Several hundred flight attendants at the Czech national carrier, Czech Airlines, were expected to strike next Thursday in protest over extensive layoffs and wage cuts. That was averted when on Friday afternoon the company announced it and had reached a deal with trade unions, saying fewer employees would be let go.
Trade unions at the Czech national carrier Czech Airlines have cancelled plans to go on strike next Thursday over lay-offs and salary cuts. The decision came after the firm's management promised on Friday to “limit the impact” of the restructuring. Earlier this week, the troubled firm announced salary cuts and massive layoffs; some 170 of the airline’s 400 cabin crew members are set to lose their jobs under the plan. However, the agreement will not affect the basic features of the plan, Václav Řehoř, the head of Czech Airlines’ mother company, Czech Aeroholding, said.
The troubled national carrier Czech Airlines is looking to drastically lower monthly salaries from the start of next year. According to the daily Lidové noviny, experienced captains with long tenure will be the hardest hit, seeing a drop in wages of up to 30 percent. Younger pilots could see wages drop by one-fifth, at least as evidenced by a wage schedule provided by the company to labour unions.
Health workers will receive a pay rise in January not at the same time as other state employees at the start of November, says Prime Minister Bohuslav Sobotka. In an interview for Czech Television on Tuesday evening, he said this was because medics’ salaries were not financed directly from the state budget. State employees will get a 3.5 percent pay rise next month, while some – including police and fire officers – will get a second rise in January to give them a total of 5 percent more than they are now receiving.
The Labour and Social Affairs Ministry has drafted a bill which would allow thousands of miners to go into early retirement, thereby easing the social impact of the planned closure of the Paskov black-coal mine in north Moravia. The gradual phase-out of the coal mine and its eventual closure is expected to place a heavy social burden on a region where unemployment is traditionally high.
For two years now the Salvation Army has been operating a project unique in the Czech Republic –a farm that gives close to two dozen unemployed people work satisfaction and a sense of belonging. The farm in Strahovice, close to the Czech-Polish border, is in a region where unemployment is traditionally high and for many it presents a stepping stone on the way back to a normal life. I asked Pavla Vopelaková of the Czech Salvation Army how the idea of running a farm emerged.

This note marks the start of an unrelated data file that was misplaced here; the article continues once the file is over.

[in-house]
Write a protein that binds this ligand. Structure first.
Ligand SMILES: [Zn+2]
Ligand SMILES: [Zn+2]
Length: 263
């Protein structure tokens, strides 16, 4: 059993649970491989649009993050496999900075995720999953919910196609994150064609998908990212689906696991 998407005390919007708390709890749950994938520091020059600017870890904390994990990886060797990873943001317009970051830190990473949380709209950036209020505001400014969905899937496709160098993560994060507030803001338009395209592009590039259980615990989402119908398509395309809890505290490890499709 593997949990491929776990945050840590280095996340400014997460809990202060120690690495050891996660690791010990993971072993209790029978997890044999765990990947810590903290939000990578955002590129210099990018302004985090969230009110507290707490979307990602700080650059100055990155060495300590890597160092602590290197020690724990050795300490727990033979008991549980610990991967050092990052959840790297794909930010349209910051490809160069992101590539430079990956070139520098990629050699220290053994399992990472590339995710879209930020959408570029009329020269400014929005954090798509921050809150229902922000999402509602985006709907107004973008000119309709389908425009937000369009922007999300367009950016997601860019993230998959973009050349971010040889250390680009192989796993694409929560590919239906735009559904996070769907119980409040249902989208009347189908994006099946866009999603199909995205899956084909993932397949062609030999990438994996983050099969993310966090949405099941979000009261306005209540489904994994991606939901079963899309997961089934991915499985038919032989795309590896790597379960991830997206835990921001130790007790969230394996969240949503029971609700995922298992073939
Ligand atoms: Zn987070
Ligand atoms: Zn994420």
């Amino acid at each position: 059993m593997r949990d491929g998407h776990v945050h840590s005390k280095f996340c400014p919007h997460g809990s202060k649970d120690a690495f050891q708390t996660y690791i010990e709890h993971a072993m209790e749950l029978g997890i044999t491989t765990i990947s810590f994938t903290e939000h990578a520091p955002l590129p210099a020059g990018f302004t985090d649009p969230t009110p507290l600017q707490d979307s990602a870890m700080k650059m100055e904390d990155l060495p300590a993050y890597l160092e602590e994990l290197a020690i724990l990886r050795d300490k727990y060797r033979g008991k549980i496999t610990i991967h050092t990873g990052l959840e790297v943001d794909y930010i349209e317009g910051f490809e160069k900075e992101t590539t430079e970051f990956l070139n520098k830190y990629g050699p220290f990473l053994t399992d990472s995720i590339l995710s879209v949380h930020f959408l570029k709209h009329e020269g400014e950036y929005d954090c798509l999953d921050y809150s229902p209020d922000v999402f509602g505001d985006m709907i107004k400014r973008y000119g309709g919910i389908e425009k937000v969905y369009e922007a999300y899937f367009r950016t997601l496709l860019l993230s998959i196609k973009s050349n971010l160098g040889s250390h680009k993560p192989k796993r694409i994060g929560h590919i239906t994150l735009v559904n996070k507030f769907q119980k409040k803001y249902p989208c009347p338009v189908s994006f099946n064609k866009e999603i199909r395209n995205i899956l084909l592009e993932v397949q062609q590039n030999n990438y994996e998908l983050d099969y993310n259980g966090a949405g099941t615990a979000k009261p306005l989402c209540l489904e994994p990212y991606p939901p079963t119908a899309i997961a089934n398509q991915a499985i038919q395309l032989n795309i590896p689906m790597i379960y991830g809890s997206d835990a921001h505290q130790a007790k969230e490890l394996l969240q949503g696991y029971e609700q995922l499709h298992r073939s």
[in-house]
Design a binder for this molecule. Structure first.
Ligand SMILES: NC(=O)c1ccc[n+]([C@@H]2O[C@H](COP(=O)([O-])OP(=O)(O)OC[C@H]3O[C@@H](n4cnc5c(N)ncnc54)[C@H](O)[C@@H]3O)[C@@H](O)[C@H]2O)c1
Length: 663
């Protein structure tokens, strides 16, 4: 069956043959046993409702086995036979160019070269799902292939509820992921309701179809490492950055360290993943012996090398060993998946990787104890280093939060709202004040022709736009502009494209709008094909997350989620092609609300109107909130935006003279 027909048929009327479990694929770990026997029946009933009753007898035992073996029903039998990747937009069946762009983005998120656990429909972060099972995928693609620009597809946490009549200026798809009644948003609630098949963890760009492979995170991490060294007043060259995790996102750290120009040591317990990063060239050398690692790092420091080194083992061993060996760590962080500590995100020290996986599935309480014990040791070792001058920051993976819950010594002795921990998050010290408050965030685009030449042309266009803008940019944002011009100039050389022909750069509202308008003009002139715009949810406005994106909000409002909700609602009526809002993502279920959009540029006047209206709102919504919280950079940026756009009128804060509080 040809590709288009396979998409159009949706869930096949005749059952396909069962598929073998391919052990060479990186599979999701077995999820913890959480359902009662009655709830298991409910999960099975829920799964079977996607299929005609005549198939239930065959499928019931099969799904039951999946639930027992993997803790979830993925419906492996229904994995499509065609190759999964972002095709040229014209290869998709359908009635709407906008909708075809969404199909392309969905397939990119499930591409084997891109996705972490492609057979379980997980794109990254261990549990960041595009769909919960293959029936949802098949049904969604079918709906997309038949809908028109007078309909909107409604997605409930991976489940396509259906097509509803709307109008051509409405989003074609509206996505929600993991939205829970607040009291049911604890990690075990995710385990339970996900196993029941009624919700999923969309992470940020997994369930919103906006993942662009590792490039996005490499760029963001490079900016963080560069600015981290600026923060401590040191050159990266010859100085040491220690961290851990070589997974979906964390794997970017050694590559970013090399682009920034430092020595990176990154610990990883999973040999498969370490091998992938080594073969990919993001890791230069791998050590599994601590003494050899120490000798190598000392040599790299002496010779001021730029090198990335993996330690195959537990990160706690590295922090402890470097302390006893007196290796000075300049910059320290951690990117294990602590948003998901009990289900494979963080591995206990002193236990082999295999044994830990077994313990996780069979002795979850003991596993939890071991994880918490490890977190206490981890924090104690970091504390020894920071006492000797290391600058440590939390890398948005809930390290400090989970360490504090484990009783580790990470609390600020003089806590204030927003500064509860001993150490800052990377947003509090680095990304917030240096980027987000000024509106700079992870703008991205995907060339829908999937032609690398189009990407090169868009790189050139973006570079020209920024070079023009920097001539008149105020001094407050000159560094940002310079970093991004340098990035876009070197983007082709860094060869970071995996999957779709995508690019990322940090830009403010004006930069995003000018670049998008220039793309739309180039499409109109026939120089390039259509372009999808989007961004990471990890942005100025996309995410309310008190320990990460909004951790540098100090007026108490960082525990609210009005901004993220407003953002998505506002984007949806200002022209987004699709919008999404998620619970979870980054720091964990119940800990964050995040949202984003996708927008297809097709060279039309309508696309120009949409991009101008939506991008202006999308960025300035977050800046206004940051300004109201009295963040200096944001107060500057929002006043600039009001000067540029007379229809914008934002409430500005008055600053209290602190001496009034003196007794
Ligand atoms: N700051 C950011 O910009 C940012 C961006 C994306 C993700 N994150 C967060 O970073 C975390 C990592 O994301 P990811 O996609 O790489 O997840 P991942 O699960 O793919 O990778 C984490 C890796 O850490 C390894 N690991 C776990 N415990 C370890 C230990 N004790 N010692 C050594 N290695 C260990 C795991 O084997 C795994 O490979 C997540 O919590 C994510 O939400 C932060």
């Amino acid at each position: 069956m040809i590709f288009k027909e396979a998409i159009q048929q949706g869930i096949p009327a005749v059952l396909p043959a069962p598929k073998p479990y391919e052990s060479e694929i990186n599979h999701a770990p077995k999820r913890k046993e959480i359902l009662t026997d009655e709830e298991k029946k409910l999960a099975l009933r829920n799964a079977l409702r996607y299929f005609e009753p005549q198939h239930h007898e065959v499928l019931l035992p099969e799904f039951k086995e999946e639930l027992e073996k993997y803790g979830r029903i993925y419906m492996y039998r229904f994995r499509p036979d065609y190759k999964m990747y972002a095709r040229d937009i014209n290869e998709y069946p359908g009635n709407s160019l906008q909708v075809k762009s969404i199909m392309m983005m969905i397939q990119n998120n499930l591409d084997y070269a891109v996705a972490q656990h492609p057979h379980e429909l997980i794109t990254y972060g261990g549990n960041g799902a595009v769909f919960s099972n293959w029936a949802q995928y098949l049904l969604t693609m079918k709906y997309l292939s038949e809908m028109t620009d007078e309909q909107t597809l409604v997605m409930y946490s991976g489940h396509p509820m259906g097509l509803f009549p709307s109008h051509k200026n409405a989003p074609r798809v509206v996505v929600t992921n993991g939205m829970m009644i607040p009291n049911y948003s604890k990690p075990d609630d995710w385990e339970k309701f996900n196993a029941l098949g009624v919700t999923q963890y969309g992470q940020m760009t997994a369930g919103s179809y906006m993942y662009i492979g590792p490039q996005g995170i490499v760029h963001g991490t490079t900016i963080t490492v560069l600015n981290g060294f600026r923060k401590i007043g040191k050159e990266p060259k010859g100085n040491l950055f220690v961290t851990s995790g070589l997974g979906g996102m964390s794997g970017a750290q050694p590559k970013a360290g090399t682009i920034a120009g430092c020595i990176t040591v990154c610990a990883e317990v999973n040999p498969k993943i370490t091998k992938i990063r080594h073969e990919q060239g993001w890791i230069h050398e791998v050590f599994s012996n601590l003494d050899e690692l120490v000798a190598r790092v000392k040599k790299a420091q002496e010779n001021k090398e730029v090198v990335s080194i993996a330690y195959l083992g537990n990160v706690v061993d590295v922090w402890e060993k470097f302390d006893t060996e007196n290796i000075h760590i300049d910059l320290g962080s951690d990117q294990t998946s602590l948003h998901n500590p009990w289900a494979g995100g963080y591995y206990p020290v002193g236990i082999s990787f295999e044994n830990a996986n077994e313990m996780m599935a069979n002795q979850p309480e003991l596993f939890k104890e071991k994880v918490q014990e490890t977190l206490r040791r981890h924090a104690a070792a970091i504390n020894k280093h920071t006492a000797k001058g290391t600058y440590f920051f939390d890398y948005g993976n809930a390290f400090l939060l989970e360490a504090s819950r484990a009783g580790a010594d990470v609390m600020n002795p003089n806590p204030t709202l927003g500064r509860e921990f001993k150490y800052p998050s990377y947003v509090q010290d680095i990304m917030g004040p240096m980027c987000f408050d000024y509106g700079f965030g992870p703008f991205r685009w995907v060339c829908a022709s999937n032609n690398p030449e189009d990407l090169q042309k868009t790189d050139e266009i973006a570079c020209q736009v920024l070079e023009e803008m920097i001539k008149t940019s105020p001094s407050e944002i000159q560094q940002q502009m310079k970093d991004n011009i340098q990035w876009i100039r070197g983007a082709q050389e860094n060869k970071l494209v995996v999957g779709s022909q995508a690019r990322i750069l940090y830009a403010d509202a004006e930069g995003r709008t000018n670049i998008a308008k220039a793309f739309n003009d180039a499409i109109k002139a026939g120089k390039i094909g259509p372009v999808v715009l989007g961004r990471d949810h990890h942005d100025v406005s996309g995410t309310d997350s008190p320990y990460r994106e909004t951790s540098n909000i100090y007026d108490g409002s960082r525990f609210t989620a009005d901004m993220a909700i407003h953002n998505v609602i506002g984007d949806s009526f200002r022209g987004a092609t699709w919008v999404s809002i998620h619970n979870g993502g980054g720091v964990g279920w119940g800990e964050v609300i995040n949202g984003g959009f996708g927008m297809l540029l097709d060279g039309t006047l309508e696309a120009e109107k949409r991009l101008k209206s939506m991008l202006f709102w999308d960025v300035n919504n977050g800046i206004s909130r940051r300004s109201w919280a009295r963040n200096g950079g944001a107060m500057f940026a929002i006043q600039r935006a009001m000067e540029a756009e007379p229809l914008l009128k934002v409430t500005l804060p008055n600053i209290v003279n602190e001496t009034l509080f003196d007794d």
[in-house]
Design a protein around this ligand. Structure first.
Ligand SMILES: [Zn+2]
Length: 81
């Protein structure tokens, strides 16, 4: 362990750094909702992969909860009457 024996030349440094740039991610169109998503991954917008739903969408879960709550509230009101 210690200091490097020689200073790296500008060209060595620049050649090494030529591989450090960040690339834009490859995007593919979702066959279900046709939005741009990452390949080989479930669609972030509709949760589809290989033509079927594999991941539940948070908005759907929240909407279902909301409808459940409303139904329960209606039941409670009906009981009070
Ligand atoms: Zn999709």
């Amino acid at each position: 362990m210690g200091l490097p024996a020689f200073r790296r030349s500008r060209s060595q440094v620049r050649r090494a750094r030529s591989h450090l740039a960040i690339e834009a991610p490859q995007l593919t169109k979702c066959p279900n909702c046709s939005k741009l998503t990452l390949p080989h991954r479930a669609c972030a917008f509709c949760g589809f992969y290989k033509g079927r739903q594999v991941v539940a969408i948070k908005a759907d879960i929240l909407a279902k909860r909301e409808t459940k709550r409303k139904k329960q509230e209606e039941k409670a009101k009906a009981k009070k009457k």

The national unemployment rate decreased in September to 7.3 percent, 0.1 percentage point lower than in the previous month, the Czech Labour Office said on Wednesday. Compared to the same month last year, the unemployment rate dropped by 0.3 percentage point. Some 530,000 people were seeking jobs in September which was 6,100 fewer than in August. The number of vacancies grew slightly to over 56,000. The Ústí region registered the highest unemployment level of 10.2 percent; the lowest rate – 5.2 percent – was recorded in Prague.
The head of the board of Czech Aeroholding Václav Řehoř said on Sunday there was no question of reducing the number of Czech Airlines staff who face lay-offs. He said the company was ready to negotiate the possibility of a short period of part-time employment for some of the staff to give them a chance to find jobs elsewhere, but the number of staff to be cut was not negotiable. Last month the company announced plans to lay-off a third of ČSA employees, including dozens of pilots, stewards and ground staff. The stewards’ trade unions have gone on strike alert and are trying to get the decision overturned.
Britain is refusing to pay the Czech Republic the equivalent of 100 million crowns in unemployment benefits paid out to Czechs who previously worked in Great Britain, Czech Labour and Social Affairs Minister Michaela Marksova Tominova told Czech Radio on Friday. Czechs who worked in Britain for years but retained their “centre of interest” in the Czech Republic were entitled to unemployment benefits if they failed to find work after returning home. Since they paid taxes in Britain the Czech Republic is entitled under European law to demand a refund of those benefits. The respective advisory committee of the EC has ruled that Britain must repay the debt, but London claims the decision is not legally binding. The Czech Republic wants to coordinate its steps with Poland and Slovakia whom Britain also owes money for the same reason.
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